On Charlie Baylis
I sometimes get frustrated with the standard reviewing process or protocol in that there are normative and cultural presumptions about just how you should do it. The critic sits in judgment; a very influential critic can make or break careers, for instance Harold Bloom has been exceedingly negative and opinionated on Sylvia Plath, whom he takes about as seriously as a Pam Ayres, not that this has dissuaded those hospitable to her work, which biography has the fascinating associations with Robert Lowell and then Ted Hughes, very unlike the style in which Hughes wrote. And this may be one reason a prominent critic might be unaverse to a negative review, a bout of putting the boot in. On the other hand positive reviews can be good fodder for generating blurbs, Lee Child is particularly good at this; and indeed many a magazine will often prefer a positive take, though there might be the downside that they much struggle with complexities or difficulties. On the other hand if you’re JH Prynne the reviews hardly matter anymore. I see a review as a responsive commentary, what you might conceive as a piece of writing about writing. What do poets write? If it’s not becoming and edifying landscapes out of nature, the ever popular pastoral, it might be on how to write a poem. I could imagine thinking I wrote a poem; I had thoughts about how I wrote the poem, and I put those into the poem, and that was the poem.
The topic here is Charlie Baylis, who has been publishing since the chapbook ‘Elizabeth’ in 2015, is poetry editor at ‘Anthropocene’ magazine, and senior editor at Broken Sleep Books, our presenting publisher here, run by Aaron Kent. For those who prefer abstracts or cuts to the chase, the short version is that I think it is very good. To my impression, Baylis is among a relatively small group of very interesting writers right now, has a highly idiosyncratic style that is somewhat unlike anybody else I read. Not getting carried away, it is not a classic, but is strong evidence these days that at some point Baylis will have in him a highly distinctive ‘Selected’. He’s also made it quite apparent that he is into, if you like, art generally and artistic expression and this is all commendable.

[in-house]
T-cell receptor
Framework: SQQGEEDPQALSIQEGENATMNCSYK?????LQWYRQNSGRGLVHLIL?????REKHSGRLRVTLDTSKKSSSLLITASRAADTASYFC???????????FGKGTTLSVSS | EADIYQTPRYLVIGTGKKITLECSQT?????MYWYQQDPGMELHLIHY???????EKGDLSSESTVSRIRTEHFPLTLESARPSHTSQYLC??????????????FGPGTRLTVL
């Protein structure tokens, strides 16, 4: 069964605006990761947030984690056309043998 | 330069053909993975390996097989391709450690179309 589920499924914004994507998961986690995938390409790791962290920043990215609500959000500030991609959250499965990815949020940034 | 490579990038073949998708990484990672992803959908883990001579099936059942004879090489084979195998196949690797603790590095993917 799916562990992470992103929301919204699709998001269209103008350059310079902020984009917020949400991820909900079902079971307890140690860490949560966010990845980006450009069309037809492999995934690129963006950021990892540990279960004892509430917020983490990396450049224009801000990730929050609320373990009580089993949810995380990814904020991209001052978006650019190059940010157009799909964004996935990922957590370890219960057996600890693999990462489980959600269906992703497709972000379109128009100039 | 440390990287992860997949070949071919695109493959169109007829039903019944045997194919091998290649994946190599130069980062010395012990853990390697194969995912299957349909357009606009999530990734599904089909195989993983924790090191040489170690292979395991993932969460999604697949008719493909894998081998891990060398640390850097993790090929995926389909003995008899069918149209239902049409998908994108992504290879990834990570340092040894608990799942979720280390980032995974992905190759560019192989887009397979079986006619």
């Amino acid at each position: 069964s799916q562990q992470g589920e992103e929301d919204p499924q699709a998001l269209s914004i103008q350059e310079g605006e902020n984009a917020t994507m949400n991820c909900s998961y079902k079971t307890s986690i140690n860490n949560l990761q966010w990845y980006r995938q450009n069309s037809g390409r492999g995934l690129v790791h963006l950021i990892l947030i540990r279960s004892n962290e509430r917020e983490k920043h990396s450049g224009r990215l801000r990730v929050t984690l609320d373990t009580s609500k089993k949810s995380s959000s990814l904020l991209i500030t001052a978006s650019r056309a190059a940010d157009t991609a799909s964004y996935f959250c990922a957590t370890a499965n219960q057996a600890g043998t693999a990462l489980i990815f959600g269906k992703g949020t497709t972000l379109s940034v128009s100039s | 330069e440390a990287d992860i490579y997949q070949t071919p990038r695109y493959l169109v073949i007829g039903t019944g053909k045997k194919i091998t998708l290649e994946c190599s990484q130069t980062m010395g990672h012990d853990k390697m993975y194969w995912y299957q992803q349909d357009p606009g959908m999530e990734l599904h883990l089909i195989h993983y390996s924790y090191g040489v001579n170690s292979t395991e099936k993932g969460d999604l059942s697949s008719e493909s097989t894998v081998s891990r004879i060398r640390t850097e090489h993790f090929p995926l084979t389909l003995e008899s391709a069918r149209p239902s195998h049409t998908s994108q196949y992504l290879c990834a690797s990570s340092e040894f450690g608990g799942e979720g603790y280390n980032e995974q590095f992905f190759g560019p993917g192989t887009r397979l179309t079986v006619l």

Reviewing is of the now, and what I say here may be both a little pedantic and unlike the opinion I might have in say six months. A good place to start is ‘charlie wave’; this is a litany of things the poet espouses to be averse to, or ‘anti’, many playful or of humorous intent, and indeed one thing Baylis is not into is, say, a Geoffrey Hill model of gravitas, with the concluding assertion of being ‘pro charlie’. Before one think this too preposterous of course in the Darwinian, survivalist sense this is inescapable, and in terms of consciousness, it is only my own I can speak fully and responsibly for. Though in form it is also rather like John Lennon’s ‘God’ song, with a long round of things he doesn’t believe in, concluding with ‘I just believe in me/ Yoko and me/ that’s reality’.
The contents are in six parts, but bounded by two framing poems, ‘zero gravity’ and ‘absolute gravity’. The very last line is ‘the sky is only green because we’re locked in’. With the colour green, besides the song ‘Bein’ Green, I associate Chomsky’s indicative nonsensical expression ‘colourless green ideas sleep furiously’. Green is often also associated with melancholy; and indeed with nature, green grass, ‘green’ earth. So this is an interesting place to conclude. ‘zero gravity’ which opens includes the line ‘take these happiness pills for your green stones’. The poem ‘hi…’ has the interesting line ‘do not wake the new world until the new world is ready’.
Other choice expressions would include ‘if someone is very popular or part of a movement/ it is easy to doubt their sincerity’ (‘w else can i tell you about mermaids you don’t already know’). Try also the sharply and unapologetically expressed ‘the city is killing me/ the city hates my poetry/ the city is a fucking nightmare/ sean bonney do not fear’ (‘dystopia’); or ‘dreaming of myself as a cheerleader’ (‘madonna’). Here and there Baylis uses partial or complete repetition over a number of lines, but I don’t see this as unjustifiable or inappropriate.